Development issues were also a key theme in the address by the Prime Minister of Mongolia, Nambar Enkhbayar, who stressed that the international community had not lived up to its commitments of the 1990s. "The world does not find itself in much better shape," he said, emphasizing that the world needed to muster sufficient political will to forge the partnerships required "to ease the staggering discrepancy between commitments and action." Affluent countries, for example, could exhibit their solidarity and shared responsibility by further opening their markets, providing broader and faster debt relief and giving more and better focused development assistance and incentives for foreign direct investment flows to their less fortunate partners, he said.

As a country that was itself a victim of a terrorist attack in Dar-es-Salaam in 1998, Tanzania understood the United States' pain and anger after the 11 September events, said Jakaya M. Kikwete, Tanzanian Minister for Foreign Affairs and International Cooperation. He reiterated his country's resolve to participate fully in the efforts to combat terrorism. Turning to Security Council reform, Mr. Kikwete said that his Government supported Africa's request for two seats in the permanent category, as well as an analysis of the circumstances of invoking the veto. On Africa's economic problems, he said the availability of official development assistance, as well as debt relief and access to markets of the developed countries were essential in helping to alleviate poverty. As for the Great Lakes region, Mr. Kikwete said Tanzania hoped the installation of the transitional government in Burundi would lead to the repatriation of the over 800,000 Burundian refugees in Tanzania.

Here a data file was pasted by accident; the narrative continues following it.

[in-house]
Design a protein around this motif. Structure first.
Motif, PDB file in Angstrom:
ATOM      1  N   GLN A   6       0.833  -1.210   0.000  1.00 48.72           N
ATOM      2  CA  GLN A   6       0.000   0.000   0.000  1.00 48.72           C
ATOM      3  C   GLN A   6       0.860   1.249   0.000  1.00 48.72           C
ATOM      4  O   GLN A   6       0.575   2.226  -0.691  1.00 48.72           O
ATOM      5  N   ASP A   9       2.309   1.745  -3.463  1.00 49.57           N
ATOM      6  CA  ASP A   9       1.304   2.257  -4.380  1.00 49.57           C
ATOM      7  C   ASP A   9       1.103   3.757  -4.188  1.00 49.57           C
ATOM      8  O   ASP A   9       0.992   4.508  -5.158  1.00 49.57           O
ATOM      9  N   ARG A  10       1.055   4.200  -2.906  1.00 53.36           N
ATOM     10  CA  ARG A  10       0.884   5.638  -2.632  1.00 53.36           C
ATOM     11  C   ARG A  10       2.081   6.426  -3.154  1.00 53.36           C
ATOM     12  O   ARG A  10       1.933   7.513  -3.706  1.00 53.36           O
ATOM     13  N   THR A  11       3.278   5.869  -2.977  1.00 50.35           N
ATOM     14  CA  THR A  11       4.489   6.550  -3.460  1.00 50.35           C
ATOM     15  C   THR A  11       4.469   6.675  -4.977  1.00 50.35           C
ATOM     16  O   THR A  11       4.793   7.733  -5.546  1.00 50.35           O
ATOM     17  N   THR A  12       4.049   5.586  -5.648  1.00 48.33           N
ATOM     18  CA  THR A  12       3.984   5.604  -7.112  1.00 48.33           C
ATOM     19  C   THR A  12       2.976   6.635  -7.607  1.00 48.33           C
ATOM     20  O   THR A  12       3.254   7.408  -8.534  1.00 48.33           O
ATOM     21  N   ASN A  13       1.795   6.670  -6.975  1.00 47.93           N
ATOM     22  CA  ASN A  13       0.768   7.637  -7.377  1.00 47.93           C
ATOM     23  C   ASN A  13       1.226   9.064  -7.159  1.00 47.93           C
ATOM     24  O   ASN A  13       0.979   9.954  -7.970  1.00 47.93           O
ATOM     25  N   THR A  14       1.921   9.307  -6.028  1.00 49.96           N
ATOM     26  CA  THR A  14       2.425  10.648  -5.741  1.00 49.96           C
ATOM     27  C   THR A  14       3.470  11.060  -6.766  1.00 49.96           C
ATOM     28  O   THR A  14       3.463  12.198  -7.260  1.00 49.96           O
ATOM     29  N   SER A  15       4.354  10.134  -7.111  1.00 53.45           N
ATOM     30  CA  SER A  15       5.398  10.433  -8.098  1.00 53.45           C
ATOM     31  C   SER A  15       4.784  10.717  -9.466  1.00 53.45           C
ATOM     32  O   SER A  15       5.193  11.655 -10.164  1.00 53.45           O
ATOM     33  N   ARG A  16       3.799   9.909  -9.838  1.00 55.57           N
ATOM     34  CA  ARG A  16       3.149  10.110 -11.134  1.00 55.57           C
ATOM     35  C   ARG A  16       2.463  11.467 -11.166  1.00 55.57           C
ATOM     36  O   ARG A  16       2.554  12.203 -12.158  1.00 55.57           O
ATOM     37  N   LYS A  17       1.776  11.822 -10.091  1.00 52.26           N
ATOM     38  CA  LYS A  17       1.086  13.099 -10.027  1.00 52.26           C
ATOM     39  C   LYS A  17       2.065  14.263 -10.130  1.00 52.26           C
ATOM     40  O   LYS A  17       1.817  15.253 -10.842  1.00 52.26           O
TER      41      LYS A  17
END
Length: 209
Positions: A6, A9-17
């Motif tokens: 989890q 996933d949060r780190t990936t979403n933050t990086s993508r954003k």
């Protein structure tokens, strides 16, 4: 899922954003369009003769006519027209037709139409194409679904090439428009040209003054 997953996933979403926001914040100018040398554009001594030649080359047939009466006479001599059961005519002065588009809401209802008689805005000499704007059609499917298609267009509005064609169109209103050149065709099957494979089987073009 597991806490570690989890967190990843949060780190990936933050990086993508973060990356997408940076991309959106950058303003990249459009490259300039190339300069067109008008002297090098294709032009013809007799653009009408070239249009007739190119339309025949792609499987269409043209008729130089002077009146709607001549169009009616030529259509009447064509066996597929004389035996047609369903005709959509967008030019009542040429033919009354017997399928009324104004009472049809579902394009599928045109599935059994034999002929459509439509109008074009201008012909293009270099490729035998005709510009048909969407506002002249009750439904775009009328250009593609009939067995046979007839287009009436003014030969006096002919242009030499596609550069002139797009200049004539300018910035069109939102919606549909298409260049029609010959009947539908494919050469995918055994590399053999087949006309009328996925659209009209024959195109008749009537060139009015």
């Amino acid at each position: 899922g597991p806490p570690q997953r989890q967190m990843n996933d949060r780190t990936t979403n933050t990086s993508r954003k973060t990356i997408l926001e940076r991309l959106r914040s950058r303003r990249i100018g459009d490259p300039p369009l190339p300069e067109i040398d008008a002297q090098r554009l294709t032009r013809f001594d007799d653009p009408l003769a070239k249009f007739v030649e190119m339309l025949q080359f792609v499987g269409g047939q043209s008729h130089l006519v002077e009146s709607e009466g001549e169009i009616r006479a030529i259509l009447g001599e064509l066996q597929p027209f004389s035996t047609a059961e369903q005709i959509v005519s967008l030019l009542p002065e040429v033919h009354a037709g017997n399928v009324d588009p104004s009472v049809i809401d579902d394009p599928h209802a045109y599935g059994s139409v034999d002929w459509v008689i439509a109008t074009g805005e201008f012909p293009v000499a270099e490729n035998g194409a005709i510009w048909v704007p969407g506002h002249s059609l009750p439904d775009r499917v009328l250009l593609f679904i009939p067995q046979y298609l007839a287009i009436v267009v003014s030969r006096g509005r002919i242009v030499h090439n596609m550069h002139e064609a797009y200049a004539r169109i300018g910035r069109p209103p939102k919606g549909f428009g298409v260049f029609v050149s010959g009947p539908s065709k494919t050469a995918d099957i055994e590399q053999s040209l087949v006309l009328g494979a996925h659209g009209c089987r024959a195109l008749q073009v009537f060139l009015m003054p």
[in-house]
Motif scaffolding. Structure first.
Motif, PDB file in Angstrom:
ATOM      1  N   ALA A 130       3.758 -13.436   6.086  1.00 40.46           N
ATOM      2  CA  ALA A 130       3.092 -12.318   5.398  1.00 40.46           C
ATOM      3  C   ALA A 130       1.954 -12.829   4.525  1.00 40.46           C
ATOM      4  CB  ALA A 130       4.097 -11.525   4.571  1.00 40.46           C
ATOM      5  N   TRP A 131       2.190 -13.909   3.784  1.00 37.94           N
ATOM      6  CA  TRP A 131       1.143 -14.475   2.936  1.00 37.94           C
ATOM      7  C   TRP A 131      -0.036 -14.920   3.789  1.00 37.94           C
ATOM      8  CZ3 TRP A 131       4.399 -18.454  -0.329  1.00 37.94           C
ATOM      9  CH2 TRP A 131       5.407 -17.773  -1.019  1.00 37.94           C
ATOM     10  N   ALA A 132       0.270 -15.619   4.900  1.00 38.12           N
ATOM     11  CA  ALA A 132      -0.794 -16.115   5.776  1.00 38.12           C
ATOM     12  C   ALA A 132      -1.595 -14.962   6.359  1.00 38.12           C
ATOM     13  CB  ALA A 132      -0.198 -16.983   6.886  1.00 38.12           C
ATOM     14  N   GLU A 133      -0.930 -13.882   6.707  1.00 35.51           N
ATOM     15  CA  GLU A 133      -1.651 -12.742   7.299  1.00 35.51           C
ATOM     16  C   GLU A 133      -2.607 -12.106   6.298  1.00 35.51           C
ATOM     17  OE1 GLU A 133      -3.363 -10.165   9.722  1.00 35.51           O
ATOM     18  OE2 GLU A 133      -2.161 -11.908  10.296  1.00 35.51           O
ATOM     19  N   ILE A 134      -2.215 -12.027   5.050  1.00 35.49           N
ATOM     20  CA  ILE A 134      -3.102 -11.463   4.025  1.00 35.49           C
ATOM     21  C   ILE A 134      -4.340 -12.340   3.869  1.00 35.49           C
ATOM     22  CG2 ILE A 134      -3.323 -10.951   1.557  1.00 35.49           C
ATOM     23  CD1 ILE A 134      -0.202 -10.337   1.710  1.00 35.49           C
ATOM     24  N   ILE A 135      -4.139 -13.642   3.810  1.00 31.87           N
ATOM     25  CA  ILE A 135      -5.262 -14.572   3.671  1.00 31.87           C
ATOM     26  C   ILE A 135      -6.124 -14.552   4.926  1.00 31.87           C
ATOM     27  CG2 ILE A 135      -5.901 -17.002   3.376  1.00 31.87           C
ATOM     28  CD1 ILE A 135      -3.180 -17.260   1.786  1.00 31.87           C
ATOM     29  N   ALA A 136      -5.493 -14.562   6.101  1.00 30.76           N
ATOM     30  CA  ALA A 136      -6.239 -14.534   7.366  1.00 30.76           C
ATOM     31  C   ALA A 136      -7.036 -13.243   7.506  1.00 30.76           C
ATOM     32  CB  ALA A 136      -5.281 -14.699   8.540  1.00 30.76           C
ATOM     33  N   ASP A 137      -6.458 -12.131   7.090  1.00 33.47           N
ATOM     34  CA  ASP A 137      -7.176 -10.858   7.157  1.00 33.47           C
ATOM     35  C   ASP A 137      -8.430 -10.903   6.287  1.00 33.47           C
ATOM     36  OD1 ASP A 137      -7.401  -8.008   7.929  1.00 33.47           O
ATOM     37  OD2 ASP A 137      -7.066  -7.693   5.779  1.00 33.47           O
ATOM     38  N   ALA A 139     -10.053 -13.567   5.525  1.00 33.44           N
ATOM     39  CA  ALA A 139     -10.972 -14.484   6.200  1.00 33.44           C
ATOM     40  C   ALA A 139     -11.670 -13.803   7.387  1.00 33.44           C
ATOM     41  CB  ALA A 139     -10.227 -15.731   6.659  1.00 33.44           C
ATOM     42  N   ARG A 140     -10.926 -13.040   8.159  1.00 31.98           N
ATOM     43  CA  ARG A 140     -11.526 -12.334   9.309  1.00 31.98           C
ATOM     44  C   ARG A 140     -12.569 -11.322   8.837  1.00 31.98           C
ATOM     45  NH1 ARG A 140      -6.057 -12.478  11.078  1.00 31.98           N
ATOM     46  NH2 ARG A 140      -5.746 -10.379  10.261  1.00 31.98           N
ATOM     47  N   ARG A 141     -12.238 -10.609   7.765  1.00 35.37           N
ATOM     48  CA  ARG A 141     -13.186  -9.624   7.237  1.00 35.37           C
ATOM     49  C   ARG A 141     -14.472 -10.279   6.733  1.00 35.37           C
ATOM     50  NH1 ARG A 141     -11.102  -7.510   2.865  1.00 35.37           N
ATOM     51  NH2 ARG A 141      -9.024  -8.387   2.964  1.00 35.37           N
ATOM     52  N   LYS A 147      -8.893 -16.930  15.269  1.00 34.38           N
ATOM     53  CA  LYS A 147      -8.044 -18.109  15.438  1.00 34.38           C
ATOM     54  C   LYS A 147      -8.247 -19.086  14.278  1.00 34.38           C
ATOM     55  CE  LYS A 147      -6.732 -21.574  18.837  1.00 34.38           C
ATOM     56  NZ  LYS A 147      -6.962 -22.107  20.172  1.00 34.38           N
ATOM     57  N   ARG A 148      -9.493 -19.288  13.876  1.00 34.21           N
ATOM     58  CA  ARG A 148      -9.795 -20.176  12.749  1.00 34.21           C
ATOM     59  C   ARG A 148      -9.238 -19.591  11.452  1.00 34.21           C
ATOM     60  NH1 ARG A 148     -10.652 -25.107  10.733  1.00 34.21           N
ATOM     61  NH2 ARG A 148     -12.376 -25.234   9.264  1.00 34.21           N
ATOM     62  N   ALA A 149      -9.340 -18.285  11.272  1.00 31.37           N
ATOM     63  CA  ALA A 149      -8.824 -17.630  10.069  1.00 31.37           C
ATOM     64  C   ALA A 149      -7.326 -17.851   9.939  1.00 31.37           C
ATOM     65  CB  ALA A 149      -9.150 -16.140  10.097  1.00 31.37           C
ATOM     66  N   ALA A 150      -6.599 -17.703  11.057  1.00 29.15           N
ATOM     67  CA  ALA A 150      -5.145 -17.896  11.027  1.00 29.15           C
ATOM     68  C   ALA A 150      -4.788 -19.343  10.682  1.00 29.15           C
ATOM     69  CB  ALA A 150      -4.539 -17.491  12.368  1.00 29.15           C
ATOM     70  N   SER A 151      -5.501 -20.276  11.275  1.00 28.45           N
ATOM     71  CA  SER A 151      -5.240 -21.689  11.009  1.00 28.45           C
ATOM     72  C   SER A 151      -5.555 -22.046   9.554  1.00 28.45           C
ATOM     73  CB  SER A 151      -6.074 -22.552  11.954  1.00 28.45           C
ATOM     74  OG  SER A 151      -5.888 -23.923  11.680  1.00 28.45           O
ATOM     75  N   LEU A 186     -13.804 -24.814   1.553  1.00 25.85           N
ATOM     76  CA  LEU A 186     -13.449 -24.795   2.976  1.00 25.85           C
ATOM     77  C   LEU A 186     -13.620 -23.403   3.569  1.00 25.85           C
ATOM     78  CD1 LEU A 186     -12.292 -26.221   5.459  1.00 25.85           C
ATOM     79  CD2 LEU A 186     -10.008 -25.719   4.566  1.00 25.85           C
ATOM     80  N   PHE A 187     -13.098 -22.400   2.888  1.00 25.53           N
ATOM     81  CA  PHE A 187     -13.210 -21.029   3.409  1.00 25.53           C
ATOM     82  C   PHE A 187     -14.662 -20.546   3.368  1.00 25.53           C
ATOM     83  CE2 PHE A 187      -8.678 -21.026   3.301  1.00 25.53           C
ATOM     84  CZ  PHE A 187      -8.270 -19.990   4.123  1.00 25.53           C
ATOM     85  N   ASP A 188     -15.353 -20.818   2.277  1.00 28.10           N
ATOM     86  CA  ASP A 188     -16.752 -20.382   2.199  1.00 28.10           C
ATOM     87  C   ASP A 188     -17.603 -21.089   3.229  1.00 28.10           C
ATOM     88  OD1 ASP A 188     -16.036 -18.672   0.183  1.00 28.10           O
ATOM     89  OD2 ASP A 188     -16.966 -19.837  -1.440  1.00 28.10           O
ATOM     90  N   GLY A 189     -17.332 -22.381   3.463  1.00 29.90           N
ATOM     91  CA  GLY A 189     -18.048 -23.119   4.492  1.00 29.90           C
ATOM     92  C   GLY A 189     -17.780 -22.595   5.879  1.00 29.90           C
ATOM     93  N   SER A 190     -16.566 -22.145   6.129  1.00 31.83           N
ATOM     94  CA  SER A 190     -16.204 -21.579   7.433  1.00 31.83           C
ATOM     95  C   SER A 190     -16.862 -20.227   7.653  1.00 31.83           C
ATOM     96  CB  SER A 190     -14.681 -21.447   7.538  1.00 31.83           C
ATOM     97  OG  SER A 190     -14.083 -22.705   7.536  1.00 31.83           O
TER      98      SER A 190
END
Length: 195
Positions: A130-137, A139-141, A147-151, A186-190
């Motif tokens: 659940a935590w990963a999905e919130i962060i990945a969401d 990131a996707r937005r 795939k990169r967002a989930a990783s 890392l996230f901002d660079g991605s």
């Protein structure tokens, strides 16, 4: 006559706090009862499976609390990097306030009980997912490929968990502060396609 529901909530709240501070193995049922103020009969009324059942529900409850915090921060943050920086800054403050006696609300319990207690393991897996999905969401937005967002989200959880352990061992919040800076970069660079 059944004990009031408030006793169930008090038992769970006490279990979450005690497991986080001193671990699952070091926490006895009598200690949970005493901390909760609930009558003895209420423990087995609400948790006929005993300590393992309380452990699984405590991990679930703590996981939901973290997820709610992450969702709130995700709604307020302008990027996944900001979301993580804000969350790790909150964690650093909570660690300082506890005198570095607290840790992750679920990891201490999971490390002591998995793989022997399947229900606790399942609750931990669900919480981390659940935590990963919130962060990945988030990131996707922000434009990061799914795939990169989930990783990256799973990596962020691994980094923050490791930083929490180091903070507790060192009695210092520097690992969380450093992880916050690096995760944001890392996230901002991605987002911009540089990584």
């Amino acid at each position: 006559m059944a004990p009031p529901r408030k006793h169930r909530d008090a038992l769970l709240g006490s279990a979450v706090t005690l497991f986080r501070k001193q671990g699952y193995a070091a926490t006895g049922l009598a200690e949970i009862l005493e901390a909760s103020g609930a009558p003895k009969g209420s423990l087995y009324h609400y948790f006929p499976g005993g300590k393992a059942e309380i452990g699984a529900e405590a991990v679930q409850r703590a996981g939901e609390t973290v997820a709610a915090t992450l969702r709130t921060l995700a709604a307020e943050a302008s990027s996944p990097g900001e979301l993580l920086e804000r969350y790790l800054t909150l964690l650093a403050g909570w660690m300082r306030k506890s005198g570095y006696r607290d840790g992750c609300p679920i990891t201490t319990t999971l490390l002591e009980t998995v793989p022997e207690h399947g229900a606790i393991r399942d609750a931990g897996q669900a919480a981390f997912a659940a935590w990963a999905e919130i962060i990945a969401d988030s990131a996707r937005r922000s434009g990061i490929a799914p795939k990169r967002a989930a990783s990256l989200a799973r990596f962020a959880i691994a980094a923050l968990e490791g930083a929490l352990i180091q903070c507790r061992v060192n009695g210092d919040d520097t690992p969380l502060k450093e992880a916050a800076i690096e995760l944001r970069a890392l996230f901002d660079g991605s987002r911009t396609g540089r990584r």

Pointing to the "avalanche of drugs, drug money, weapons, and warlords spilling out of Afghanistan," Jozias Van Aartsen, Minister of Foreign Affairs of the Netherlands, said there was every reason to focus attention on terrorist groups in different parts of the world. "Look at the blood diamonds streaming out of Africa," he said. "Think how failing States attract parasites, how they turn into breeding grounds for terrorism, havens for international crime." The remedy, he said, was not outside intervention or massive injections of aid, but rather to help galvanize and enable these States to use their capacities to fix themselves. In order to help post-Taliban Afghanistan, Mr. Van Aartsen said, the UN should play a central role as a catalyst and as an adviser, but not as a governor, to ensure that the new government was representative of the people. He added that Afghanistan must also benefit from generous aid.